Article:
Long term (i.e. at least 3 months) central vein catheterisation (CVC) is coming into general use as an essential vehicle of total parenteral nutrition and cyclical chemotherapy. The recent development of totally implantable subcutaneous infusion pumps for the continuous delivery of a drug according to a programme transmitted form outside by radio is putting a further premium on specialist skills in the setting-up and care of a permanent velous access. We report our clinical experience with partially and totally subcutaneous infusion implants and on telemetered implantable pumps. Likely complications with a long term CVC are by no means trivial, but their frequency and severity can be kept down by the proper use of radiology and familiarity with percutaneous vascular access and catheterisation manoeuvers. These methodological considerations and the no less important ones of cost and management suggest that a clinical support involving such a peculiar mix of specialist skills could well find a home in the interventional radiology section.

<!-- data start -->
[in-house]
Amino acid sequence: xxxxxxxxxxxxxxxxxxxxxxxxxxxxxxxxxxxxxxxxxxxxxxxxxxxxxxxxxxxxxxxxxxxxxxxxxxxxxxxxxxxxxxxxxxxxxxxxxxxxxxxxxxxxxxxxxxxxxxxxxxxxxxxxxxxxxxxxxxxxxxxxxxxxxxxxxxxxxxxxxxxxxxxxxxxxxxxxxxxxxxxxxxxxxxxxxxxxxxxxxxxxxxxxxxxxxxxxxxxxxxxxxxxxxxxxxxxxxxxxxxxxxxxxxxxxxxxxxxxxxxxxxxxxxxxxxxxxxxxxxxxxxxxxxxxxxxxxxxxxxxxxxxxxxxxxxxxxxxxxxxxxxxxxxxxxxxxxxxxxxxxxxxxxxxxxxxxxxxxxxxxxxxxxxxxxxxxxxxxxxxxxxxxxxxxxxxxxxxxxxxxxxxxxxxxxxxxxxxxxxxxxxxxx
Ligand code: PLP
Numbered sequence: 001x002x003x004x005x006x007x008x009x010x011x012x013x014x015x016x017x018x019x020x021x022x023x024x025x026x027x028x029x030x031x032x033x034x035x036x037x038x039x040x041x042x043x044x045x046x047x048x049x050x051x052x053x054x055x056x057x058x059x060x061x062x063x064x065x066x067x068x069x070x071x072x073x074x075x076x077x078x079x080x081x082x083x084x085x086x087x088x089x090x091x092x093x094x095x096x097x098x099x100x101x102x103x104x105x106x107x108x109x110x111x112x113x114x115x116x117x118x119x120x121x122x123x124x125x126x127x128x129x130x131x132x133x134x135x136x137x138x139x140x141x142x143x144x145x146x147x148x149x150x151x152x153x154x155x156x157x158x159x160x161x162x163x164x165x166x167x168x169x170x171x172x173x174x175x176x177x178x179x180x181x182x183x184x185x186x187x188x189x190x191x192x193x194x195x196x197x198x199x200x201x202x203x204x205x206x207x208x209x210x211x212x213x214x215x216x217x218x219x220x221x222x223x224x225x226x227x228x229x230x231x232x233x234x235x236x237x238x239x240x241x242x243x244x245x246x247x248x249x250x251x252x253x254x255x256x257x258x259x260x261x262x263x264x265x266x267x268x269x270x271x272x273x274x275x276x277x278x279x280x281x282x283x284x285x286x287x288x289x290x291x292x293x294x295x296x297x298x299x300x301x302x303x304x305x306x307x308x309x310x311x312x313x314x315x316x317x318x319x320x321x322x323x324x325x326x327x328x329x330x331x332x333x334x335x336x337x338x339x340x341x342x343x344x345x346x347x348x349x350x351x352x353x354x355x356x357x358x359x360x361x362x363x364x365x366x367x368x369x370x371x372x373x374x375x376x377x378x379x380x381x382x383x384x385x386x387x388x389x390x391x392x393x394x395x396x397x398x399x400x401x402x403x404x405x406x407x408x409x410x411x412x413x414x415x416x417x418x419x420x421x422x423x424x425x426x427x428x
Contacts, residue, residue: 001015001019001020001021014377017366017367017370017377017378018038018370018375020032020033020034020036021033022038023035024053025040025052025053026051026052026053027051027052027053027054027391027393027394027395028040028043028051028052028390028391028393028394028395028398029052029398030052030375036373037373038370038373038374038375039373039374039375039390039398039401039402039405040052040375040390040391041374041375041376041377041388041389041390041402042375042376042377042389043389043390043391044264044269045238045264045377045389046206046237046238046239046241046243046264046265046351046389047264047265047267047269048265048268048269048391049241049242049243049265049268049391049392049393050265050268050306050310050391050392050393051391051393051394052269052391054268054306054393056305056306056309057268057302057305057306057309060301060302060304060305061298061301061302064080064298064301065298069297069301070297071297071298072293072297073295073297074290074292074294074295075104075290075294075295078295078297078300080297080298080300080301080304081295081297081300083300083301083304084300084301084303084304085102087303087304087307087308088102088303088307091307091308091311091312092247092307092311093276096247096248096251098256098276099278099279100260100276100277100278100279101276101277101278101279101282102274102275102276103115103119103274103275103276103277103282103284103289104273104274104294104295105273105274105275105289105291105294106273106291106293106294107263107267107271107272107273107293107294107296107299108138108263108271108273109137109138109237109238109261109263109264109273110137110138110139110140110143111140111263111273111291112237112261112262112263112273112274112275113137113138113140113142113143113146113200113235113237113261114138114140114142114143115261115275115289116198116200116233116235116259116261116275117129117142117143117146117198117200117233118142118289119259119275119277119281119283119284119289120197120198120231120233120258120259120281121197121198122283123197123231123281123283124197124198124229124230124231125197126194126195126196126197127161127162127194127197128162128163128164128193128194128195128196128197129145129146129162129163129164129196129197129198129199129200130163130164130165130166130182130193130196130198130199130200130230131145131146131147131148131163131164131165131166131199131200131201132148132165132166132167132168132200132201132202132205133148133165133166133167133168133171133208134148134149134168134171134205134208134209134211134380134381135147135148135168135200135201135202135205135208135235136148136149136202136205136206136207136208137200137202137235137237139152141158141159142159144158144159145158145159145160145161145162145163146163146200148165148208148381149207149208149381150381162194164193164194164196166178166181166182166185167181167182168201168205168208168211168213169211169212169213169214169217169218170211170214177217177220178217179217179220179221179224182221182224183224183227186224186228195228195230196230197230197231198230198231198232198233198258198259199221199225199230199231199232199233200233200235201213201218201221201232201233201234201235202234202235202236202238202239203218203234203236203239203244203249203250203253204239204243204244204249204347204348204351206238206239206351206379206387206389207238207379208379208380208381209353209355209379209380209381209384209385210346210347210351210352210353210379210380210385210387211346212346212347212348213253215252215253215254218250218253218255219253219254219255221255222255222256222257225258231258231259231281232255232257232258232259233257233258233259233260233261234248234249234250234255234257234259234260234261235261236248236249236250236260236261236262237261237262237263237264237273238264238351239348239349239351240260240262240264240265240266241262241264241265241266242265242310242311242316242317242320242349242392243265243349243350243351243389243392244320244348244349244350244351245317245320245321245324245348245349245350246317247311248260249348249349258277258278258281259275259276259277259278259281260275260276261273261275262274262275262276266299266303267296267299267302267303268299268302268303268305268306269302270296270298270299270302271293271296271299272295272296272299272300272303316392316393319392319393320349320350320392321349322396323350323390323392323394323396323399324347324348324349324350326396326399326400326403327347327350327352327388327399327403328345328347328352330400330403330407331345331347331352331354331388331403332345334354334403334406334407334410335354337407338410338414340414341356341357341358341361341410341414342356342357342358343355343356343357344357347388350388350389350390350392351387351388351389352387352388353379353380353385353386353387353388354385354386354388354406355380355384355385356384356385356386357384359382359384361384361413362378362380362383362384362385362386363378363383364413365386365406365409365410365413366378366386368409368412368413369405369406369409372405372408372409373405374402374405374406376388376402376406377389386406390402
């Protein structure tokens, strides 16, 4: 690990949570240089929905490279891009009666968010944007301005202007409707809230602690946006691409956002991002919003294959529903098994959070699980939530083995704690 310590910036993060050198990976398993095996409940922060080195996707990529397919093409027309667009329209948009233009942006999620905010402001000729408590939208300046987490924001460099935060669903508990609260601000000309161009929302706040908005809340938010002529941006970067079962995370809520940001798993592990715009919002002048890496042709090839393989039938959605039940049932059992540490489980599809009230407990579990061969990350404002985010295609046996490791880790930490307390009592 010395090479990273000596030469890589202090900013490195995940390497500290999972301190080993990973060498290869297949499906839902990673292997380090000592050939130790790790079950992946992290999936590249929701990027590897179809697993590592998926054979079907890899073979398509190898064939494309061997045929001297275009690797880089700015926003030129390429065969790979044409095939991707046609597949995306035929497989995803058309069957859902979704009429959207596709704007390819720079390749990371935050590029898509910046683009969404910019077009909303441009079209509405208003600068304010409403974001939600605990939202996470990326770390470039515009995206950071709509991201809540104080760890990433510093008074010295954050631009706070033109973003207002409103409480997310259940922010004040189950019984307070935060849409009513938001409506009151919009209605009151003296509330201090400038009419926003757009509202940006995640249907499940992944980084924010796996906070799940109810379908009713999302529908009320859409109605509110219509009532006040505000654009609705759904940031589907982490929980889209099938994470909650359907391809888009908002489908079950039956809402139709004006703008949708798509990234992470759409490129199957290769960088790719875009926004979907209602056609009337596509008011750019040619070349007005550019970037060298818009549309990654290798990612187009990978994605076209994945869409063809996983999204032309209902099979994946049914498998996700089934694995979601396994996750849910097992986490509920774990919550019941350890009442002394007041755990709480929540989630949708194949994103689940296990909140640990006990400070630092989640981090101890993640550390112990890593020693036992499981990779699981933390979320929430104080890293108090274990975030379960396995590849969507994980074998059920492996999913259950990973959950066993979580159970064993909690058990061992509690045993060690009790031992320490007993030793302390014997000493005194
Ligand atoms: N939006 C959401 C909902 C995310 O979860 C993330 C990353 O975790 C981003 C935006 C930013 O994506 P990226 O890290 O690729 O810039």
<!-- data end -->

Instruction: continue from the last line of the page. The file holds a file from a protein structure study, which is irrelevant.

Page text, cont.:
|Number of pages||9|
|Journal||Journal of Interventional Radiology|
|Publication status||Published - 1990|
ASJC Scopus subject areas
- Radiology Nuclear Medicine and imaging